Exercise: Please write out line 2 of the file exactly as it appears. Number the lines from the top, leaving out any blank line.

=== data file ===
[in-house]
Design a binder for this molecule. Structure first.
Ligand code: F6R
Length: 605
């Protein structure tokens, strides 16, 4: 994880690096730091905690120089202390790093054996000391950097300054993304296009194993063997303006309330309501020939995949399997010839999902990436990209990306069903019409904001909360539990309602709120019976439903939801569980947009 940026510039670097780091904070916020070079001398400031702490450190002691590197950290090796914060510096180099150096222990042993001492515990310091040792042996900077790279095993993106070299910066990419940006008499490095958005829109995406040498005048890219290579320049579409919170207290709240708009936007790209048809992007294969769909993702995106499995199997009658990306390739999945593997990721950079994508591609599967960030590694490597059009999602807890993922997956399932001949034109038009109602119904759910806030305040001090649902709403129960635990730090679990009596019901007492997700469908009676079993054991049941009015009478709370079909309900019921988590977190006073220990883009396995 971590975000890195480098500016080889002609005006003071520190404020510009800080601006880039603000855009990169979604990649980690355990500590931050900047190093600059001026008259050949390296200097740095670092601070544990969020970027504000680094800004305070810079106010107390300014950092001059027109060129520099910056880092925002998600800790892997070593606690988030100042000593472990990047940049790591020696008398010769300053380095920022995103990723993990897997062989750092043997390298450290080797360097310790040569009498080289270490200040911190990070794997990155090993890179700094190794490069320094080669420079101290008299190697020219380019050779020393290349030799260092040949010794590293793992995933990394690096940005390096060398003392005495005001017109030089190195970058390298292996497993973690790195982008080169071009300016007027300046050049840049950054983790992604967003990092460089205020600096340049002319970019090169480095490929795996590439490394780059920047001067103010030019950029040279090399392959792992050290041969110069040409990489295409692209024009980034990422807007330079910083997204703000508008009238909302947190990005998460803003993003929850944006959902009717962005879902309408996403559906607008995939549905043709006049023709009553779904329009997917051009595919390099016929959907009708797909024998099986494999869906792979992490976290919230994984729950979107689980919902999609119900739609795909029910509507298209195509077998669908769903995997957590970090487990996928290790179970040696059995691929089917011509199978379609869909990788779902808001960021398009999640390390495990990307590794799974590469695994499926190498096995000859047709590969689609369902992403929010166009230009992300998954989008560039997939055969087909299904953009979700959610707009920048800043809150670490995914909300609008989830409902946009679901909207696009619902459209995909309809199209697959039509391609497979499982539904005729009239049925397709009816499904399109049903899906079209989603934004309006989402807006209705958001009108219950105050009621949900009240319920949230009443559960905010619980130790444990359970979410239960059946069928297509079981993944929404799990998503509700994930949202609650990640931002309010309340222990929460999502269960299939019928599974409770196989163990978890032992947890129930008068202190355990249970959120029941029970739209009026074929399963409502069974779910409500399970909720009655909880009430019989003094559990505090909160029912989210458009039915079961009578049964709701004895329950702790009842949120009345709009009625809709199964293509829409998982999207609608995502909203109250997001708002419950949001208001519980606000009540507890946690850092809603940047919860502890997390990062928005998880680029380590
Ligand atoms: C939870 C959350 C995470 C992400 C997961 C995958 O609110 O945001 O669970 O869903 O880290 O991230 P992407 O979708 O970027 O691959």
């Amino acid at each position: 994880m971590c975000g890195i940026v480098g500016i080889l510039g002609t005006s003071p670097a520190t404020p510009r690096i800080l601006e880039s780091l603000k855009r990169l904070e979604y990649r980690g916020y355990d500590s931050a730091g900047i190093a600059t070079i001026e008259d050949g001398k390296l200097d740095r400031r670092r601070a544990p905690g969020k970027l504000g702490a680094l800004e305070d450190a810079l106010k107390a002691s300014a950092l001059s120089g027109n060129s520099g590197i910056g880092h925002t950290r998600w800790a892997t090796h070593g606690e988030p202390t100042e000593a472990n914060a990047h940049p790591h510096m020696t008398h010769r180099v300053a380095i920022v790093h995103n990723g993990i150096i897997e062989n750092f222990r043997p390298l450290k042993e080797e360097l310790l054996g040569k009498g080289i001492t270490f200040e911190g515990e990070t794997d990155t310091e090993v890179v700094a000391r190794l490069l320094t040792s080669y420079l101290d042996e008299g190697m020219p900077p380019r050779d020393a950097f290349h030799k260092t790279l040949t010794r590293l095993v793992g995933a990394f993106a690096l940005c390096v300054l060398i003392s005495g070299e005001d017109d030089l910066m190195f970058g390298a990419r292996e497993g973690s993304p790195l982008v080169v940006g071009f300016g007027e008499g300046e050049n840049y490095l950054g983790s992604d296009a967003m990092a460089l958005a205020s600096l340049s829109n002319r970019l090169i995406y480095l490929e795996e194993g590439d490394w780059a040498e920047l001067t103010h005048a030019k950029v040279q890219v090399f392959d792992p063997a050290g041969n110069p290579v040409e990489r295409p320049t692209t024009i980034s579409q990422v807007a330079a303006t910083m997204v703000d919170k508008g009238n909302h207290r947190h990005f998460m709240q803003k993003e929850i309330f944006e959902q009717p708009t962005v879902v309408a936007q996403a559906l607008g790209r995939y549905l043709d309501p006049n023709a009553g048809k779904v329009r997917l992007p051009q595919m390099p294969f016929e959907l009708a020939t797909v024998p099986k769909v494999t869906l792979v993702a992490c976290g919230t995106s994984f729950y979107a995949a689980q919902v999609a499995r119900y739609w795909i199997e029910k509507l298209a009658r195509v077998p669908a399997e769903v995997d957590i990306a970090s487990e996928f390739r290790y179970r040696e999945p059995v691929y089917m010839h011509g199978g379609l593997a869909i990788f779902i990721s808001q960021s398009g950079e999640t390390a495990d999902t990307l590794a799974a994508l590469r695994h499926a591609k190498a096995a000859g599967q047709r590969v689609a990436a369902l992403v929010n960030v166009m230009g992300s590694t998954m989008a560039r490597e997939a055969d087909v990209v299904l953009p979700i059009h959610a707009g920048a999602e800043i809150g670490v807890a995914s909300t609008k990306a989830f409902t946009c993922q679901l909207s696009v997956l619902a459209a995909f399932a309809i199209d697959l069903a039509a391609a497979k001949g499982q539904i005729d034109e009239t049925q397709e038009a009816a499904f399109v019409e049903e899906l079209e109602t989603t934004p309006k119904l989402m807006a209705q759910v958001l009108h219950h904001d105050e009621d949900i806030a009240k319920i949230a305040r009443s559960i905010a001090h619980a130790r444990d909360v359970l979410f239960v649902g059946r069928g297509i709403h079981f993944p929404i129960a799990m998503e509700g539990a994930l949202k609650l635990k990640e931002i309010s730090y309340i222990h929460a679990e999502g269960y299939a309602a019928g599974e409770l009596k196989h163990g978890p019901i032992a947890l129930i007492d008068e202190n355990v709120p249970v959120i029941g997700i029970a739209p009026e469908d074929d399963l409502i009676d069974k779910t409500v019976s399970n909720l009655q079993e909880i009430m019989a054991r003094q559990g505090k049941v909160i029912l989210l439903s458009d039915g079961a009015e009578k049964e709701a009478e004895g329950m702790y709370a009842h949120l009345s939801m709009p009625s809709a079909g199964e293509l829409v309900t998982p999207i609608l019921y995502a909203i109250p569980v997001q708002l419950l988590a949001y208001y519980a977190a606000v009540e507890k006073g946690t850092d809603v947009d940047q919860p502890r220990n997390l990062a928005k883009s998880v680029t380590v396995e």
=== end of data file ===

Design a binder for this molecule. Structure first.